What's your favorite piece of trivia?
September 10, 2018 7:51 PM   Subscribe

There's good trivia and bad trivia. Bad trivia is mere fact (e.g. the population of Toronto is .....). Good trivia is entertaining, surprising, insightful. What's your favorite bit of good trivia?
posted by storybored to Grab Bag (80 answers total) 62 users marked this as a favorite
 
President John Tyler (USA president from 1841 to 1845) has two living grandsons.
posted by blob at 7:58 PM on September 10 [16 favorites]


The Carrier Dome (at least for now) isn't air conditioned.

Ernesto Miranda (of Miranda v. Arizona) died in a bar fight and the case officially remains unsolved because the main suspect used his right to remain silent and later left town.
posted by Flannery Culp at 8:04 PM on September 10 [10 favorites]


There are flowers called pinks. Because of their color, you would assume. But, no, it's the other way around. The color was named after the flower.
posted by Redstart at 8:04 PM on September 10 [6 favorites]


The guy who writes my trivia league has a page about writing good questions and it includes a lot of interesting bits of trivia by way of example.
posted by jacquilynne at 8:06 PM on September 10 [9 favorites]


There's a suburb of Melbourne called Saint Kilda. It's not named after a saint - there is no saint named Kilda - but rather after a mishearing: It's named after a boat that's named after a Scottish island that in turn was given the name as a result of either a mishearing or a cartographical error.

Despite "saint" not being a word with a meaning when it comes to the place name, it's still abbreviated "St. Kilda"
posted by LSK at 8:11 PM on September 10 [2 favorites]


Jacquilynne, I've been to a dozen of Paul Paquet's trivia events here in Ottawa!
posted by storybored at 8:15 PM on September 10


What 16th century Danish astronomer wore a prosthetic metal nose? I was asked that 30 years ago during a game of trivial pursuit. My team mate, God bless her, pipes up with: Tycho Brahe! She was right and I've remembered it ever since.
posted by BoscosMom at 8:26 PM on September 10 [2 favorites]


I have always loved knowing that Donna Reed hides in a hydrangea bush when Jimmy Stewart accidentally steps on her robe in It's a Wonderful Life. "Over here, in the hydrangea bushes."
posted by 10ch at 8:28 PM on September 10 [1 favorite]


If you ate an entire polar bear liver, you'd probably die of vitamin A poisoning.
posted by DingoMutt at 8:30 PM on September 10 [2 favorites]


Here's my favourite bit of Canadian trivia: Although we no longer name people as peers, Canada does still have some extant peers from back when we used to allow Canadians to be granted titles -- one in the aristocracy of France and a handful in the UK. One of those people, the Baron Shaughnessy, is the guy who played Max Sheffield on The Nanny.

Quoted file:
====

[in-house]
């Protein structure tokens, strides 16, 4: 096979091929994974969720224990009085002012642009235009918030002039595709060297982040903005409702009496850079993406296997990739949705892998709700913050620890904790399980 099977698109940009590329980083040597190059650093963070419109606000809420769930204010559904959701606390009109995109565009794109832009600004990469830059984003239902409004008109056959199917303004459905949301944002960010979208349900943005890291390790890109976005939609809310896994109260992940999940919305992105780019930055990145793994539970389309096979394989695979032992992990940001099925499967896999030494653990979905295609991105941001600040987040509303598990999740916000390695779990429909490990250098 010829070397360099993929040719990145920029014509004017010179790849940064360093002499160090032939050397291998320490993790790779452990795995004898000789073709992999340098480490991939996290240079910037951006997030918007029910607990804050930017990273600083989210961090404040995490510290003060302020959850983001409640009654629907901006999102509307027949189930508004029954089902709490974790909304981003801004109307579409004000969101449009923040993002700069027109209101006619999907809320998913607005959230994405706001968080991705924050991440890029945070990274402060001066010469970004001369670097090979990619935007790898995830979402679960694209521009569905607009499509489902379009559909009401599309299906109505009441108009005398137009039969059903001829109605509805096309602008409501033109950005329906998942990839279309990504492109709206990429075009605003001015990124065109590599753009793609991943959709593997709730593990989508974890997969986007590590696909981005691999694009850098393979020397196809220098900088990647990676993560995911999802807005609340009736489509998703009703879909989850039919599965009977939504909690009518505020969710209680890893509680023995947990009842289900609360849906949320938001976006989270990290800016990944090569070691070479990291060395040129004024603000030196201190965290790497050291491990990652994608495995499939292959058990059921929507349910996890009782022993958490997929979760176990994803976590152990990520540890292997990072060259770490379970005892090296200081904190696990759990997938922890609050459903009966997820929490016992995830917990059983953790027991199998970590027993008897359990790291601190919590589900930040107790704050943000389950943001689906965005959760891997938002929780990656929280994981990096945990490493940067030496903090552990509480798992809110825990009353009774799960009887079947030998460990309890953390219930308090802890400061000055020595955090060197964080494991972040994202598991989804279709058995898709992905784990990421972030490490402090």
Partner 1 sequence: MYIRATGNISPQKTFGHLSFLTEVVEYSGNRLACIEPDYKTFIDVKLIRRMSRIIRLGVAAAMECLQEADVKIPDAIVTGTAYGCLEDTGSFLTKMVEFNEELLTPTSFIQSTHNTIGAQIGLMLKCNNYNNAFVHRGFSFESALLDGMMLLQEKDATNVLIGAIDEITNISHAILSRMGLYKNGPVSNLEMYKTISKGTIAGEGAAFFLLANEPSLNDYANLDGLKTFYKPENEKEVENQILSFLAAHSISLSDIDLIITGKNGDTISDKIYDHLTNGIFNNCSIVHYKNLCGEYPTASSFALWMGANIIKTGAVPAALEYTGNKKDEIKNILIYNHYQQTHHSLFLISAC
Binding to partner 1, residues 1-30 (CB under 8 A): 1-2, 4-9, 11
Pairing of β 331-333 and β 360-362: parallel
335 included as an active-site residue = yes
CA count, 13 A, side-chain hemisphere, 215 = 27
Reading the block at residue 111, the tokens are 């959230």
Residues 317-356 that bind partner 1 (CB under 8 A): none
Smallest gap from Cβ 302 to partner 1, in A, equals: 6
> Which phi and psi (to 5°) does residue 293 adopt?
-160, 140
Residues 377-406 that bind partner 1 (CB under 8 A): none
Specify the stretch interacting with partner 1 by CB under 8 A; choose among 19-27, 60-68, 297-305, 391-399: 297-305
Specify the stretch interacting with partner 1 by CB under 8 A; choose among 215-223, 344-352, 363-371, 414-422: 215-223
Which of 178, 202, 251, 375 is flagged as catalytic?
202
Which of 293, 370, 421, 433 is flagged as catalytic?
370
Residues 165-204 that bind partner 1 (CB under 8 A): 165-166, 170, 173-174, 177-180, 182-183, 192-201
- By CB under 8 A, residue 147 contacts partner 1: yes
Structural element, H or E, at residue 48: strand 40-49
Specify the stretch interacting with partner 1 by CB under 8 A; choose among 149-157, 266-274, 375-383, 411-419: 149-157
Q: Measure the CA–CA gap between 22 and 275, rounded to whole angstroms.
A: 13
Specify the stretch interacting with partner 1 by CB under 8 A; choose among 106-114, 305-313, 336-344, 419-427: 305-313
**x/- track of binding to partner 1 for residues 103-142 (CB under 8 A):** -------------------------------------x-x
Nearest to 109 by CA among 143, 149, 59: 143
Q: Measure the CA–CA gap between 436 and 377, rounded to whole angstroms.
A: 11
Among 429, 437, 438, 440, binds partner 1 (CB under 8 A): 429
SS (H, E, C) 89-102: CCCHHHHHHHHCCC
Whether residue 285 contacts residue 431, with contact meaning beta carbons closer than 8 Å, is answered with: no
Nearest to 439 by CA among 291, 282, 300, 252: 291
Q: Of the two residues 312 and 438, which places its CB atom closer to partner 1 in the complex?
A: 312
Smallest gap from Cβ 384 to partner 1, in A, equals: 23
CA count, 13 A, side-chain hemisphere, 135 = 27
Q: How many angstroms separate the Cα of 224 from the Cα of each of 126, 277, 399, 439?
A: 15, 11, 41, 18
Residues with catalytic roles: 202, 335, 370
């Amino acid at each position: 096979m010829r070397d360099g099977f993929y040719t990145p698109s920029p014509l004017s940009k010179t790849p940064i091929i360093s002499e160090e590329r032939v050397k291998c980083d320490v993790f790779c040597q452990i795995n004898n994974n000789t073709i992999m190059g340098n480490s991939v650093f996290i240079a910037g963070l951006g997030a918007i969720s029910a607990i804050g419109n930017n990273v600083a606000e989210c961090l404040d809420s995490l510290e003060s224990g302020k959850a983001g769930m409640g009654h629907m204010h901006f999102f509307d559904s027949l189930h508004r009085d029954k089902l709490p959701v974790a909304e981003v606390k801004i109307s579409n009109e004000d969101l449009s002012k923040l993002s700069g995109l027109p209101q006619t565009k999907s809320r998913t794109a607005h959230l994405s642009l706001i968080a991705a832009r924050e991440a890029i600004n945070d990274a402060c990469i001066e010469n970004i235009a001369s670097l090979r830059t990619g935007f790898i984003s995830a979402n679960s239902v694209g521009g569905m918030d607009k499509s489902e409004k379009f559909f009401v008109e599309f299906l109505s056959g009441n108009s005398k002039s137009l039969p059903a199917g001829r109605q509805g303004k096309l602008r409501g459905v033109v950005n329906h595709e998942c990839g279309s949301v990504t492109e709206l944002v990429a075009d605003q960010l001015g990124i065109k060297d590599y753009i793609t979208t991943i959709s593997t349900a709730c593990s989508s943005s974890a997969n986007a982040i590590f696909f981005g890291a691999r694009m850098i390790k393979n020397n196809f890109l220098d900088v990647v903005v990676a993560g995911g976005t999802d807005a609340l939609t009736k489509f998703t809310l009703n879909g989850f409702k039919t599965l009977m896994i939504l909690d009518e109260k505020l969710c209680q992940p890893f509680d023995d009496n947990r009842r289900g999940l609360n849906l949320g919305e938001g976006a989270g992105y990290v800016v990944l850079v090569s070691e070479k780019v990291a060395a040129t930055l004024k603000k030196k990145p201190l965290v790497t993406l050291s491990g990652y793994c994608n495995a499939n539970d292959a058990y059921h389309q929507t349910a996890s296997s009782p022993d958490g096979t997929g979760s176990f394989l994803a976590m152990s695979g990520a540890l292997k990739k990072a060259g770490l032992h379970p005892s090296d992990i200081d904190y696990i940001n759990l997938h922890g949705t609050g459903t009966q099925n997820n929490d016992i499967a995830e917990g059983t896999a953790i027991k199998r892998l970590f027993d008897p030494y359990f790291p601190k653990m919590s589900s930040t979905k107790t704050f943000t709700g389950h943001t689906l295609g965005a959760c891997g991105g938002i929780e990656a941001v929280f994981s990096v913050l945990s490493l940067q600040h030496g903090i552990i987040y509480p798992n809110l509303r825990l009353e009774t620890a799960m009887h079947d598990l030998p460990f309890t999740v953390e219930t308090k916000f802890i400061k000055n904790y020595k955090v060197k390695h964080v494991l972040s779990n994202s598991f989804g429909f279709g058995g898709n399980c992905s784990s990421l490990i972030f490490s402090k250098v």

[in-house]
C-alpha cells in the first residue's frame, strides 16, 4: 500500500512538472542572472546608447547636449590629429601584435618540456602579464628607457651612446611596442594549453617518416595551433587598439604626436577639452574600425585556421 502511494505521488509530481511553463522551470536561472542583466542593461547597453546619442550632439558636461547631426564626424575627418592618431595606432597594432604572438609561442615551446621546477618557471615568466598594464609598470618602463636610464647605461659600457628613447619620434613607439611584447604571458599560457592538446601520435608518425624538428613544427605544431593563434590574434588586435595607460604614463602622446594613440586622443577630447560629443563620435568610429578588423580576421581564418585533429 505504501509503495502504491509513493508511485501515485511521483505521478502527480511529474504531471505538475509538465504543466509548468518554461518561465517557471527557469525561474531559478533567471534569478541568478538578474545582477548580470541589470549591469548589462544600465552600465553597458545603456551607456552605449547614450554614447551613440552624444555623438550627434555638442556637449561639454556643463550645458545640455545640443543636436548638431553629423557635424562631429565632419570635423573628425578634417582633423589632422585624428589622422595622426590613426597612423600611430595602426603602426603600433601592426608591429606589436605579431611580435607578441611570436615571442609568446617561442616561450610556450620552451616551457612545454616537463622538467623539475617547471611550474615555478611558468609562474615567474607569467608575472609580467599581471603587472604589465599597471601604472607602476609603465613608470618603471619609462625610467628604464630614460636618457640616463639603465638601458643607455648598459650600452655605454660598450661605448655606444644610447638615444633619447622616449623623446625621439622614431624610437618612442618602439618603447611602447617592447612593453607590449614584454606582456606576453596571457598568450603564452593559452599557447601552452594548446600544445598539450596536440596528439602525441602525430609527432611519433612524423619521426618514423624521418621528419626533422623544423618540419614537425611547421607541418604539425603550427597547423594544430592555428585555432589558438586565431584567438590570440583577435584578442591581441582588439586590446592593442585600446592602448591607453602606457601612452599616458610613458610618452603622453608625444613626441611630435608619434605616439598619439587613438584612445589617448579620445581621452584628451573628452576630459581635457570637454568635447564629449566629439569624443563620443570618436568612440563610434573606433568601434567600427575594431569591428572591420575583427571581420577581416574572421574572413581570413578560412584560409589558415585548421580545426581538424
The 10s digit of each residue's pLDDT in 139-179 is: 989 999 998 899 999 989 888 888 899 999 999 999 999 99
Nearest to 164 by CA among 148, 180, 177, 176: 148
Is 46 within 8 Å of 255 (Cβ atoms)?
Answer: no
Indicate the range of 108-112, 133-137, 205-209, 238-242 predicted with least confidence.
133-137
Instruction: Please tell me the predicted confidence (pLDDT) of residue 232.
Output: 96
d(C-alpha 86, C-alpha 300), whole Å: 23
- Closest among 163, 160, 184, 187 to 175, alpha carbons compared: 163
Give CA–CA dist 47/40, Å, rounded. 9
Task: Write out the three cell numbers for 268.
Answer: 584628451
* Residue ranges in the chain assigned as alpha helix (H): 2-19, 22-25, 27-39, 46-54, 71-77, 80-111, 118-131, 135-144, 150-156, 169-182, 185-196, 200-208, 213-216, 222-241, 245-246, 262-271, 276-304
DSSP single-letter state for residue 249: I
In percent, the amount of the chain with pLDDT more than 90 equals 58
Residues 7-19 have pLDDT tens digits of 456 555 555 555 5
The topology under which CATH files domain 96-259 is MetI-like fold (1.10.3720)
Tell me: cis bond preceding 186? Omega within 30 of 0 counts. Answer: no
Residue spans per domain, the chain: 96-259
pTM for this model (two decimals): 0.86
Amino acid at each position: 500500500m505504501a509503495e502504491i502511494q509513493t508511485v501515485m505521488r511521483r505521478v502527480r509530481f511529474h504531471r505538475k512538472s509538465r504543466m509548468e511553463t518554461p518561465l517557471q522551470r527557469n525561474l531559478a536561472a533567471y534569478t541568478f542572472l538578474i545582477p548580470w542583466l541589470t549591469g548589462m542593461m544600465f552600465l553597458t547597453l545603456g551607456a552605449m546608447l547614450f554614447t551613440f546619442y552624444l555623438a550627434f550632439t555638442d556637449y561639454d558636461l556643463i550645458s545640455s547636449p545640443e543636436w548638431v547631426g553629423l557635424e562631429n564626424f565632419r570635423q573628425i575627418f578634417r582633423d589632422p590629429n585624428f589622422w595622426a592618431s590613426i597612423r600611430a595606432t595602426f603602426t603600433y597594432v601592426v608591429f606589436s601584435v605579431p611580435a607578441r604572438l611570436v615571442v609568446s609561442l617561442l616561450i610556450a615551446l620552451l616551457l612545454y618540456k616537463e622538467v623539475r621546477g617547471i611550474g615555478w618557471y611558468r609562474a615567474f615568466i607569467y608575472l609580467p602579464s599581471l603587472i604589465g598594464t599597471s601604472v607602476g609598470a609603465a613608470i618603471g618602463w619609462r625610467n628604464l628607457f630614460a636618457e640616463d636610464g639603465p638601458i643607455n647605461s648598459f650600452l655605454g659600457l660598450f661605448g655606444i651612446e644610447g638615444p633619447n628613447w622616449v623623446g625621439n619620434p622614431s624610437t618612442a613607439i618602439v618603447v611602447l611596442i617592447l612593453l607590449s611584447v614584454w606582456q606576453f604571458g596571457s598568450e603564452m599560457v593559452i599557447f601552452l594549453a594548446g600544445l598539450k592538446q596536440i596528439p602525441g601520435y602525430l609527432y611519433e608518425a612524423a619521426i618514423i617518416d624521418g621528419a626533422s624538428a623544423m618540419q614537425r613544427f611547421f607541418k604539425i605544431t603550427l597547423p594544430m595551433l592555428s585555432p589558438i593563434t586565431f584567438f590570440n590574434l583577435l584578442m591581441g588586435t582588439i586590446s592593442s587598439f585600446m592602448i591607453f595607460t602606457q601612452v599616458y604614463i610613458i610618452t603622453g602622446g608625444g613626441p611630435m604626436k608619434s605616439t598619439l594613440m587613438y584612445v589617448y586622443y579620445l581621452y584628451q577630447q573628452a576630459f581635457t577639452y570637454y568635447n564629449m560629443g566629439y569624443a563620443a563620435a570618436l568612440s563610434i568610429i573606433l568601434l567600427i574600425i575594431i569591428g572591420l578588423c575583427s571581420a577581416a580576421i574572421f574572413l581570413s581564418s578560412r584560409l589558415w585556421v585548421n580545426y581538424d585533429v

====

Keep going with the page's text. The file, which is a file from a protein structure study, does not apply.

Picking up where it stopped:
posted by jacquilynne at 8:31 PM on September 10 [10 favorites]


Rhode Island has the longest state name in the Union: State of Rhode Island and Providence Plantations

Walt Disney planned to build Disney World on the northshore of Lake Pontchartrain outside of New Orleans. "Florida offered Disney major incentives while Louisiana had its hand out. The savvy Disney went to Florida and the rest is history."
posted by tafetta, darling! at 8:42 PM on September 10 [2 favorites]


Brian May has an asteroid named after him. And a PhD in Astrophysics.
posted by Ideefixe at 8:52 PM on September 10 [3 favorites]


I learned what IKEA stood for when I worked there - it actually is an acronymn.
posted by just_ducky at 9:15 PM on September 10 [3 favorites]


Omaha won the American Triple Crown (Kentucky Derby, Preakness Stakes, Belmont Stakes) in 1935 despite never in his career winning more than 2 races in a row (he ran and lost in the Withers Stakes between the Preakness and Belmont).
posted by e-man at 9:18 PM on September 10 [1 favorite]


Genetically, humans are 99.0-99.9% the same.
posted by bunderful at 9:25 PM on September 10


Angus MacAskill, at 7'9'', is believed to be the tallest true giant (i.e.not suffering from gigantism or any other medical condition. He was just tall as hell).
posted by It's Never Lurgi at 10:00 PM on September 10 [2 favorites]


John mules (males) have 2 vestigial nipples on their sheath (the pouch into which the penis retracts.)
posted by BlueHorse at 10:11 PM on September 10


Rats cannot vomit.
posted by The otter lady at 10:15 PM on September 10 [1 favorite]


The Gateway Arch in St. Louis, Mo. is the tallest man-made monument in the U.S. at 630 feet. It's also 630 feet wide at its base.
posted by brentajones at 10:19 PM on September 10 [3 favorites]


The average time it takes to urinate is about 23 seconds or so and is rather on the mark for mammals no matter their size.
posted by zengargoyle at 10:30 PM on September 10 [11 favorites]


Clayton Kershaw, pitcher for the Los Angeles Dodgers, is 104-0 when the Dodgers give him 4+ runs in support.
posted by sideshow at 10:52 PM on September 10 [2 favorites]


Due to FDA labeling requirements which have strict definitions for what different types of food are and aren't, Pringles does not sell potato "chips" in the US, they sell potato "crisps". Furthermore, the Nutrition Labeling and Education Act of 1990 codified and standardized what products could be labeled as "light", and Pringles' light offering at the time failed to meet the new guideline. Not wanting to abandon the product, they did the minimum needed to change the branding, selling them as "Pringles' Right Crisps" -- a light potato chip that by Federal Law was neither "light" nor "chip".
posted by radwolf76 at 10:57 PM on September 10 [1 favorite]